Ready to take your first look at massage therapy careers, training, and find the 2017 job outlook for massage therapists? These questions will briefly walk you through several important introductory topics. Find out what working as a massage therapist entails, including the types of modalities you can specialize in. Learn what certifications and licenses you might need in your state, including what kinds of requirements professionals usually have to obtain. We’ll let you know about job growth, national average pay, and career options you may have after completing masseuse training.
A massage therapist is a trained and licensed professional skilled in the medicinal and therapeutic benefits of massage. Massage therapists generally specialize in a few types of massage (like traditional Swedish and deep tissue, trigger point therapy, or athletic/sports massage), so some will be better suited to clients with different needs. Licensed massage therapists (LMTs) works by appointment, and they may work out of a salon, spa or sports center, or even out of a home.
Before a session, the massage therapist should learn each client's medical history and any physical conditions they need to pay special attention to or avoid. They will also learn the desired results from the massage – relaxation, stress relief, pain relief, athletic performance, or something else. If the therapist determines that massage therapy could be beneficial and that they can help the client, he or she will begin the session.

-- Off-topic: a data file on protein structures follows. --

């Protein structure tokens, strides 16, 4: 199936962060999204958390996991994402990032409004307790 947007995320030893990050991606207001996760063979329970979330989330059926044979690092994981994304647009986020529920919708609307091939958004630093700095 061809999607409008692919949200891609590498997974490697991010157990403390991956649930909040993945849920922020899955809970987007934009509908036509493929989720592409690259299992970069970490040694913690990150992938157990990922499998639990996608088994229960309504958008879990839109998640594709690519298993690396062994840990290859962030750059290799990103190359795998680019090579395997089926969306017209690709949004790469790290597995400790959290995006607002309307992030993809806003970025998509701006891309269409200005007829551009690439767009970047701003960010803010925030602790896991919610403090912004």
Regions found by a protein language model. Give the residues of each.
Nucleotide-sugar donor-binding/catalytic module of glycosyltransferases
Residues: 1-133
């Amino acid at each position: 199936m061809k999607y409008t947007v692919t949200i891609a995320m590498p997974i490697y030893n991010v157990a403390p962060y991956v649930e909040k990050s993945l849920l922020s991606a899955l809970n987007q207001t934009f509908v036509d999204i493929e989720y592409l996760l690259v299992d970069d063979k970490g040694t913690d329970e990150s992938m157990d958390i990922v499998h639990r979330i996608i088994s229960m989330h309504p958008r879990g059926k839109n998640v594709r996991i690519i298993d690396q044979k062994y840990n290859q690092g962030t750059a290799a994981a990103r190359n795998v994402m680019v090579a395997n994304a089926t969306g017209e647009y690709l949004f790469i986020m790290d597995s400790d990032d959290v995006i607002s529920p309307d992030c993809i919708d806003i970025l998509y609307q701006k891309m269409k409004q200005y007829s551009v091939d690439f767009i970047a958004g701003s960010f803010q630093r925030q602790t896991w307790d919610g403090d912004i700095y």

The therapist kneads, pushes and pulls muscles and soft tissues and applies finger and hand pressure as necessary to treat the client. They work to improve muscle and soft tissue form and function, and in turn can affect muscle strength, joint health and comfort and more. The therapist concentrates working out the muscles in the areas of each client's specific discomfort. The therapist will work based on the person's goals, ailments, medical history, and stress- or pain-related problem areas. The professionals customize their treatment for each and every client.